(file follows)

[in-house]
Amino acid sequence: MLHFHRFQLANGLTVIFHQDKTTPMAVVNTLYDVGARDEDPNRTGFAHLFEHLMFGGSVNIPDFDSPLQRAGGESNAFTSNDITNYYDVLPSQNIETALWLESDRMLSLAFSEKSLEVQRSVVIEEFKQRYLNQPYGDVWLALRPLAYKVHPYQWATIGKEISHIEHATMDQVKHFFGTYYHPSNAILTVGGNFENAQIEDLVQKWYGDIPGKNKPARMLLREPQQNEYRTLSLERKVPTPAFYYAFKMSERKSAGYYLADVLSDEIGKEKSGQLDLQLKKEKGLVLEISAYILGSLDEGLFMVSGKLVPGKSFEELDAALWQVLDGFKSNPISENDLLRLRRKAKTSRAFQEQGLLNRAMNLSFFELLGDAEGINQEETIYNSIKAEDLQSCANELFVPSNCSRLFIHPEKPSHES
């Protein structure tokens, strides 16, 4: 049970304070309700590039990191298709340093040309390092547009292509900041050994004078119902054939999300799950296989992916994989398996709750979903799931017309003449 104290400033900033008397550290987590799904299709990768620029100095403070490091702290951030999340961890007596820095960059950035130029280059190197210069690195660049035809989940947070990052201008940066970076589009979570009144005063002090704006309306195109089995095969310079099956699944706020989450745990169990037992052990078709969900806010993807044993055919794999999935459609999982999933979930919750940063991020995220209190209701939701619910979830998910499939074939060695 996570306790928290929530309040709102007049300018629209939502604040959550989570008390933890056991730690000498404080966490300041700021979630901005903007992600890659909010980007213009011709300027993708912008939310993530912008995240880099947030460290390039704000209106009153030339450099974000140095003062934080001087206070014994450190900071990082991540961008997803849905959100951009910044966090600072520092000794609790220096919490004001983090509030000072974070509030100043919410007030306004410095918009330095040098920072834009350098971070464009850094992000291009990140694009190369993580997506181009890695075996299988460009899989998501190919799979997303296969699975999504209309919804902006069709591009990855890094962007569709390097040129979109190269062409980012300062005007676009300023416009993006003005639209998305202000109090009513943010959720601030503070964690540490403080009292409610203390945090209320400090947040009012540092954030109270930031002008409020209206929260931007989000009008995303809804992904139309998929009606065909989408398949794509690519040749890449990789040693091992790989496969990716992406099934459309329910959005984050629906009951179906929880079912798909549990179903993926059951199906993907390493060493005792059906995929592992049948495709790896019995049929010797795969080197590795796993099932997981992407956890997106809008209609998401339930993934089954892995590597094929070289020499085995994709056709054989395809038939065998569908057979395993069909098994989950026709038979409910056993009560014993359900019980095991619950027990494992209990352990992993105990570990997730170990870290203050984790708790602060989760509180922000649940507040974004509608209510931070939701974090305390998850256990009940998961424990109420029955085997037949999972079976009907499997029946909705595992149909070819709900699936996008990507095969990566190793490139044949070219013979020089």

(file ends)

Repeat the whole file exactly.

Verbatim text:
[in-house]
Amino acid sequence: MLHFHRFQLANGLTVIFHQDKTTPMAVVNTLYDVGARDEDPNRTGFAHLFEHLMFGGSVNIPDFDSPLQRAGGESNAFTSNDITNYYDVLPSQNIETALWLESDRMLSLAFSEKSLEVQRSVVIEEFKQRYLNQPYGDVWLALRPLAYKVHPYQWATIGKEISHIEHATMDQVKHFFGTYYHPSNAILTVGGNFENAQIEDLVQKWYGDIPGKNKPARMLLREPQQNEYRTLSLERKVPTPAFYYAFKMSERKSAGYYLADVLSDEIGKEKSGQLDLQLKKEKGLVLEISAYILGSLDEGLFMVSGKLVPGKSFEELDAALWQVLDGFKSNPISENDLLRLRRKAKTSRAFQEQGLLNRAMNLSFFELLGDAEGINQEETIYNSIKAEDLQSCANELFVPSNCSRLFIHPEKPSHES
């Protein structure tokens, strides 16, 4: 049970304070309700590039990191298709340093040309390092547009292509900041050994004078119902054939999300799950296989992916994989398996709750979903799931017309003449 104290400033900033008397550290987590799904299709990768620029100095403070490091702290951030999340961890007596820095960059950035130029280059190197210069690195660049035809989940947070990052201008940066970076589009979570009144005063002090704006309306195109089995095969310079099956699944706020989450745990169990037992052990078709969900806010993807044993055919794999999935459609999982999933979930919750940063991020995220209190209701939701619910979830998910499939074939060695 996570306790928290929530309040709102007049300018629209939502604040959550989570008390933890056991730690000498404080966490300041700021979630901005903007992600890659909010980007213009011709300027993708912008939310993530912008995240880099947030460290390039704000209106009153030339450099974000140095003062934080001087206070014994450190900071990082991540961008997803849905959100951009910044966090600072520092000794609790220096919490004001983090509030000072974070509030100043919410007030306004410095918009330095040098920072834009350098971070464009850094992000291009990140694009190369993580997506181009890695075996299988460009899989998501190919799979997303296969699975999504209309919804902006069709591009990855890094962007569709390097040129979109190269062409980012300062005007676009300023416009993006003005639209998305202000109090009513943010959720601030503070964690540490403080009292409610203390945090209320400090947040009012540092954030109270930031002008409020209206929260931007989000009008995303809804992904139309998929009606065909989408398949794509690519040749890449990789040693091992790989496969990716992406099934459309329910959005984050629906009951179906929880079912798909549990179903993926059951199906993907390493060493005792059906995929592992049948495709790896019995049929010797795969080197590795796993099932997981992407956890997106809008209609998401339930993934089954892995590597094929070289020499085995994709056709054989395809038939065998569908057979395993069909098994989950026709038979409910056993009560014993359900019980095991619950027990494992209990352990992993105990570990997730170990870290203050984790708790602060989760509180922000649940507040974004509608209510931070939701974090305390998850256990009940998961424990109420029955085997037949999972079976009907499997029946909705595992149909070819709900699936996008990507095969990566190793490139044949070219013979020089």